The campaign as well as Trump's victory also suggest that the partisanship and egalitarianism that have long shaped American politics may have been, at the least, severely deflected.

Trump is not the only non-politician without experience in elected office who has won the presidency, but the previous examples had been Army generals like George Washington, U.S. Grant and Dwight D. Eisenhower, who served their nation and its government (and in Grant and Eisenhower's cases, their presidential commanders-in-chief) with great distinction.

Trump is a very different sort of figure, a businessman celebrity whose willingness (let alone capacity) to undertake even the most conventional political tasks required of any president is dubious.

Even less clear is the future of the Republican Party, which, although for the moment all-powerful in Washington and in most of the states, remains seriously divided, its fervent base devoted to a professed anti-politician with at best ephemeral party ties.

Likewise the Democratic Party, now shut out of power and recovering from its own rancorous primary fights, has emerged from 2016 battered and without clear direction.

Then there is the state of the egalitarian tradition. The book I finished a year ago, The Politicians & the Egalitarians, discusses different kinds of egalitarianism, including the racist egalitarianism that proved so powerful in the eras of Reconstruction in the 1860s and 1870s and the so-called Second Reconstruction of the 1950s and 1960s.

In 2016, though, there emerged a curdled egalitarianism akin to what the late historian Richard Hofstadter called "the paranoid style" in our politics, chiefly on the right but also on the left. That style, according to Hofstadter, proclaims the restoration of a bygone mythic era of national greatness, and is founded on a few key elements:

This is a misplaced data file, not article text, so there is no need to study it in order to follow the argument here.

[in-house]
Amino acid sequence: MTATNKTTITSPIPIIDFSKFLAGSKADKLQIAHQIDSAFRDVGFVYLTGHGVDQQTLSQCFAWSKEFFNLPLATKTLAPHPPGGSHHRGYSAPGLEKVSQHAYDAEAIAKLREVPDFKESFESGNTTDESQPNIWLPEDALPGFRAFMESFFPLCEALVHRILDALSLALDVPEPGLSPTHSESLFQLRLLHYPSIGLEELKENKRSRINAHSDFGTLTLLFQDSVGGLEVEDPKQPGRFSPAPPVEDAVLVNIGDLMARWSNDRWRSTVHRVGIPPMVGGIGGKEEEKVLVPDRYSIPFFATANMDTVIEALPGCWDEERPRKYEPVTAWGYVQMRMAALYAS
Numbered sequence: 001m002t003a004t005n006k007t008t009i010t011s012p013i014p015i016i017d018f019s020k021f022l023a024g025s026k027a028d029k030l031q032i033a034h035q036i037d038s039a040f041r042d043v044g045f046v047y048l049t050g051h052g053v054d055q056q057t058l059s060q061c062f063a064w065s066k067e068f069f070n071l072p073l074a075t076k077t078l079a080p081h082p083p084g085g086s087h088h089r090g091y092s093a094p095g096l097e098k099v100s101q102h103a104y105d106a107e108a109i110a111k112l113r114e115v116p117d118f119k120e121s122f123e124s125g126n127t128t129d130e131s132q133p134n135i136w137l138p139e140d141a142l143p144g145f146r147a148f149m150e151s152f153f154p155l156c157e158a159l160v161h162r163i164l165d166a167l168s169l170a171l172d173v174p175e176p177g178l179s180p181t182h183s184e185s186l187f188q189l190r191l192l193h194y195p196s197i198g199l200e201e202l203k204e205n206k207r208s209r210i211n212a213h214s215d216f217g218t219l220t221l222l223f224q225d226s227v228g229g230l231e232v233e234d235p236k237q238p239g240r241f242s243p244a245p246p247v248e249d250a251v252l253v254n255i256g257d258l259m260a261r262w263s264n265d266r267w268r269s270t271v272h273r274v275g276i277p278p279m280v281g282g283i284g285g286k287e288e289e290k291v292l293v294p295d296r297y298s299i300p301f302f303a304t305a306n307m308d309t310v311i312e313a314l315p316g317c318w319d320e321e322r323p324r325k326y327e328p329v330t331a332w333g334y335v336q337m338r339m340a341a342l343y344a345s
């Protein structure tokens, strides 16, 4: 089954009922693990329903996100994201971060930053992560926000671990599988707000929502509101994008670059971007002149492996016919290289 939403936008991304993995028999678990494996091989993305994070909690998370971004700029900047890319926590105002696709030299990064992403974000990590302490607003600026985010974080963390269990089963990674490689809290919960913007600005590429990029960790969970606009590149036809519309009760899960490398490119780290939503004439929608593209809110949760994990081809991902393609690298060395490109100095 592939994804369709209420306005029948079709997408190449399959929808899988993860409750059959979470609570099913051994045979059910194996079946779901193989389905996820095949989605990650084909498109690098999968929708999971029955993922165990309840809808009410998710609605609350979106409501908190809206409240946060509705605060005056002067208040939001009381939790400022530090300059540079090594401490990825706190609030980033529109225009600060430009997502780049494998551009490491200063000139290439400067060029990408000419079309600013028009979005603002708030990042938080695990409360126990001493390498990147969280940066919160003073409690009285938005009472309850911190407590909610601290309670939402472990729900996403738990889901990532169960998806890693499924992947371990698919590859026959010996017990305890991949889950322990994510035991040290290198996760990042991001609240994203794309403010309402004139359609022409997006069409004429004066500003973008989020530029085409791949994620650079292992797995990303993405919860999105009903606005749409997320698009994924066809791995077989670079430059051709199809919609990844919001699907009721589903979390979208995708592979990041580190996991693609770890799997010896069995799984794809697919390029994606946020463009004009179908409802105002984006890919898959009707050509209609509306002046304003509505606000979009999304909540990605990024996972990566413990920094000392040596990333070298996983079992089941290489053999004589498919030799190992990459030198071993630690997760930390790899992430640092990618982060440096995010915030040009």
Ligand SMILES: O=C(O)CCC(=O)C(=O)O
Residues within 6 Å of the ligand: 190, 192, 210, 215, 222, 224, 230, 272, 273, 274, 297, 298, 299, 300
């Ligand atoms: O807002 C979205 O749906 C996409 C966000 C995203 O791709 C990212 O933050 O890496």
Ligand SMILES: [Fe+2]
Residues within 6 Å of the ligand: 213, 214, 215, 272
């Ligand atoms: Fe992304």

the idea of a golden age; the concept of natural harmonies; the dualistic version of social struggles; the conspiracy theory of history; and the doctrine of the primacy of money.

The paranoid style has been a perennial element in American political history, sometimes conflated misleadingly with populism. It came closest to winning the presidency, by Hofstadter's reckoning, when Barry Goldwater won the Republican nomination in 1964.

Goldwater, of course, was crushed by the incumbent Lyndon B. Johnson, which some observers took to mean that political paranoia had been repudiated once and for all, and consigned to the political margins. But Hofstadter was not so sure, and he ended up being prescient.

Donald Trump's campaign extolled virtually every element of the paranoid style. In particular, Trump's propaganda singled out for attack the corporate beneficiaries of free trade arrangements and a supposed dark conspiracy of internationalist bankers and financiers (all of those identified being Jewish)—the latest moneyed, cosmopolitan bogeymen of the paranoid imagination.

With the election of Trump, the politics of paranoia, no longer on the margins, will now inhabit the Oval Office.

In the 2016 campaign and election, partisanship and egalitarianism, driving forces of American politics that had long been hidden from historians, were hidden no longer.

The hard, glaring reality on the eve of Trump's inauguration is that the accumulation of abnormalities around those forces has caused a profound break, creating a regime unlike anything previously known in American political history—a presidency born of an authoritarian temper and impassioned appeals to divisiveness that the framers of the Constitution deeply feared and worked intensely to check.

For better or worse, or so it appears, nothing will ever be the same.

Sean Wilentz teaches history at Princeton and is the author of The Politicians and the Egalitarians: The Hidden History of American Politics, published last year by W. W. Norton. The paperback edition, with a slightly different version of this essay as its preface, will appear in May.